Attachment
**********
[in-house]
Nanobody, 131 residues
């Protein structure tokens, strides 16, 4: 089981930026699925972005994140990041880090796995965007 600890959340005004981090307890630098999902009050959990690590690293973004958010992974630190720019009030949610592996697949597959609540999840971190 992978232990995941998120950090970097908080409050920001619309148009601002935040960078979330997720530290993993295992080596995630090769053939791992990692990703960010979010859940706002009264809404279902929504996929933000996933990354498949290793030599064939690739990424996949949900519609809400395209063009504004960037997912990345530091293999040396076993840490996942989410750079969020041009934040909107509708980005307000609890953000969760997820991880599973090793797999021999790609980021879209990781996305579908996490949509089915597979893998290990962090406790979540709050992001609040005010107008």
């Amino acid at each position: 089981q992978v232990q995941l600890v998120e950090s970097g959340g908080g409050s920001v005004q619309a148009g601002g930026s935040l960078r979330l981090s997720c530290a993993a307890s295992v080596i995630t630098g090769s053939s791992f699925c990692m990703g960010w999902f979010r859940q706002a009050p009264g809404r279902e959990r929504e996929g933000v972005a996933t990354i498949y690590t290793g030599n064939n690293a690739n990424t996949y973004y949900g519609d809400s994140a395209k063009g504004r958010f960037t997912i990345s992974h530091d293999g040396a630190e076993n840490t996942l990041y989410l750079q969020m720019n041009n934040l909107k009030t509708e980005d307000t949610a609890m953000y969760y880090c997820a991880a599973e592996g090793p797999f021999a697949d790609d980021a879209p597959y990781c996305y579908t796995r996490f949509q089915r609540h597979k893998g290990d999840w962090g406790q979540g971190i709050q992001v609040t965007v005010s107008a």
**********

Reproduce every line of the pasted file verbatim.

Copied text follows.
[in-house]
Nanobody, 131 residues
């Protein structure tokens, strides 16, 4: 089981930026699925972005994140990041880090796995965007 600890959340005004981090307890630098999902009050959990690590690293973004958010992974630190720019009030949610592996697949597959609540999840971190 992978232990995941998120950090970097908080409050920001619309148009601002935040960078979330997720530290993993295992080596995630090769053939791992990692990703960010979010859940706002009264809404279902929504996929933000996933990354498949290793030599064939690739990424996949949900519609809400395209063009504004960037997912990345530091293999040396076993840490996942989410750079969020041009934040909107509708980005307000609890953000969760997820991880599973090793797999021999790609980021879209990781996305579908996490949509089915597979893998290990962090406790979540709050992001609040005010107008």
């Amino acid at each position: 089981q992978v232990q995941l600890v998120e950090s970097g959340g908080g409050s920001v005004q619309a148009g601002g930026s935040l960078r979330l981090s997720c530290a993993a307890s295992v080596i995630t630098g090769s053939s791992f699925c990692m990703g960010w999902f979010r859940q706002a009050p009264g809404r279902e959990r929504e996929g933000v972005a996933t990354i498949y690590t290793g030599n064939n690293a690739n990424t996949y973004y949900g519609d809400s994140a395209k063009g504004r958010f960037t997912i990345s992974h530091d293999g040396a630190e076993n840490t996942l990041y989410l750079q969020m720019n041009n934040l909107k009030t509708e980005d307000t949610a609890m953000y969760y880090c997820a991880a599973e592996g090793p797999f021999a697949d790609d980021a879209p597959y990781c996305y579908t796995r996490f949509q089915r609540h597979k893998g290990d999840w962090g406790q979540g971190i709050q992001v609040t965007v005010s107008a």